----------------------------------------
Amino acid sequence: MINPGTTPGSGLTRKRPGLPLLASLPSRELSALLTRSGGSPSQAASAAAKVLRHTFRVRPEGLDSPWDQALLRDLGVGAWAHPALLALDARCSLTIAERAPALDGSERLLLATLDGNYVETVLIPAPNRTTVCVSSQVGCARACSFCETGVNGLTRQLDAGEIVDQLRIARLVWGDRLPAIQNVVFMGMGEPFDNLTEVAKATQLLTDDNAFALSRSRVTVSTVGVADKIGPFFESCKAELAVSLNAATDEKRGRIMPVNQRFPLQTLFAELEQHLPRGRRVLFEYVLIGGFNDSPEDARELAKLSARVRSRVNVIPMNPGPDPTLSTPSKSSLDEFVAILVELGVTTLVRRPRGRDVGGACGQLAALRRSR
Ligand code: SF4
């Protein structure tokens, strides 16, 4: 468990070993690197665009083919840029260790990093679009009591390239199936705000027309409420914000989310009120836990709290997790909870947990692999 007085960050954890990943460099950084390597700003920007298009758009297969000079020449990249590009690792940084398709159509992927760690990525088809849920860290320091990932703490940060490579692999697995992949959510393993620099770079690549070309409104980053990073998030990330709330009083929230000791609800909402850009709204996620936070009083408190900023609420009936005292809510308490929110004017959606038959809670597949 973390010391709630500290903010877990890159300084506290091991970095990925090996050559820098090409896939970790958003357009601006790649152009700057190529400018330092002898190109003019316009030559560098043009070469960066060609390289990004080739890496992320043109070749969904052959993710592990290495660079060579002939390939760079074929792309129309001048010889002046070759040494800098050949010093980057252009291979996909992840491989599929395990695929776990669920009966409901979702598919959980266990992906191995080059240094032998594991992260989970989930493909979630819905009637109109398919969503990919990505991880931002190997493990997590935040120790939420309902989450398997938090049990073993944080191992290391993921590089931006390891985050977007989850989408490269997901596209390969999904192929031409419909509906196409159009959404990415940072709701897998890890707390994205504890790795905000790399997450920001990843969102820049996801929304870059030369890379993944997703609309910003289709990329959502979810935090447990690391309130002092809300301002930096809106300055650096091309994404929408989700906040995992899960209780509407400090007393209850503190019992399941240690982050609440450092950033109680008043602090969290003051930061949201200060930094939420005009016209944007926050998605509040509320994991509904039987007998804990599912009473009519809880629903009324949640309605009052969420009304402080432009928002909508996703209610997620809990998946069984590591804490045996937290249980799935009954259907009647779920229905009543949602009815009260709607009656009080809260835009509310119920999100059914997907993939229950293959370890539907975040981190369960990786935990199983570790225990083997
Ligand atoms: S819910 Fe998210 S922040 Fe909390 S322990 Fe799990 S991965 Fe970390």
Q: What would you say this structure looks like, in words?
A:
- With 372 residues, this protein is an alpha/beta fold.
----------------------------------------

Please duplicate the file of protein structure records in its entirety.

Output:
Amino acid sequence: MINPGTTPGSGLTRKRPGLPLLASLPSRELSALLTRSGGSPSQAASAAAKVLRHTFRVRPEGLDSPWDQALLRDLGVGAWAHPALLALDARCSLTIAERAPALDGSERLLLATLDGNYVETVLIPAPNRTTVCVSSQVGCARACSFCETGVNGLTRQLDAGEIVDQLRIARLVWGDRLPAIQNVVFMGMGEPFDNLTEVAKATQLLTDDNAFALSRSRVTVSTVGVADKIGPFFESCKAELAVSLNAATDEKRGRIMPVNQRFPLQTLFAELEQHLPRGRRVLFEYVLIGGFNDSPEDARELAKLSARVRSRVNVIPMNPGPDPTLSTPSKSSLDEFVAILVELGVTTLVRRPRGRDVGGACGQLAALRRSR
Ligand code: SF4
């Protein structure tokens, strides 16, 4: 468990070993690197665009083919840029260790990093679009009591390239199936705000027309409420914000989310009120836990709290997790909870947990692999 007085960050954890990943460099950084390597700003920007298009758009297969000079020449990249590009690792940084398709159509992927760690990525088809849920860290320091990932703490940060490579692999697995992949959510393993620099770079690549070309409104980053990073998030990330709330009083929230000791609800909402850009709204996620936070009083408190900023609420009936005292809510308490929110004017959606038959809670597949 973390010391709630500290903010877990890159300084506290091991970095990925090996050559820098090409896939970790958003357009601006790649152009700057190529400018330092002898190109003019316009030559560098043009070469960066060609390289990004080739890496992320043109070749969904052959993710592990290495660079060579002939390939760079074929792309129309001048010889002046070759040494800098050949010093980057252009291979996909992840491989599929395990695929776990669920009966409901979702598919959980266990992906191995080059240094032998594991992260989970989930493909979630819905009637109109398919969503990919990505991880931002190997493990997590935040120790939420309902989450398997938090049990073993944080191992290391993921590089931006390891985050977007989850989408490269997901596209390969999904192929031409419909509906196409159009959404990415940072709701897998890890707390994205504890790795905000790399997450920001990843969102820049996801929304870059030369890379993944997703609309910003289709990329959502979810935090447990690391309130002092809300301002930096809106300055650096091309994404929408989700906040995992899960209780509407400090007393209850503190019992399941240690982050609440450092950033109680008043602090969290003051930061949201200060930094939420005009016209944007926050998605509040509320994991509904039987007998804990599912009473009519809880629903009324949640309605009052969420009304402080432009928002909508996703209610997620809990998946069984590591804490045996937290249980799935009954259907009647779920229905009543949602009815009260709607009656009080809260835009509310119920999100059914997907993939229950293959370890539907975040981190369960990786935990199983570790225990083997
Ligand atoms: S819910 Fe998210 S922040 Fe909390 S322990 Fe799990 S991965 Fe970390």
Q: What would you say this structure looks like, in words?
A:
- With 372 residues, this protein is an alpha/beta fold.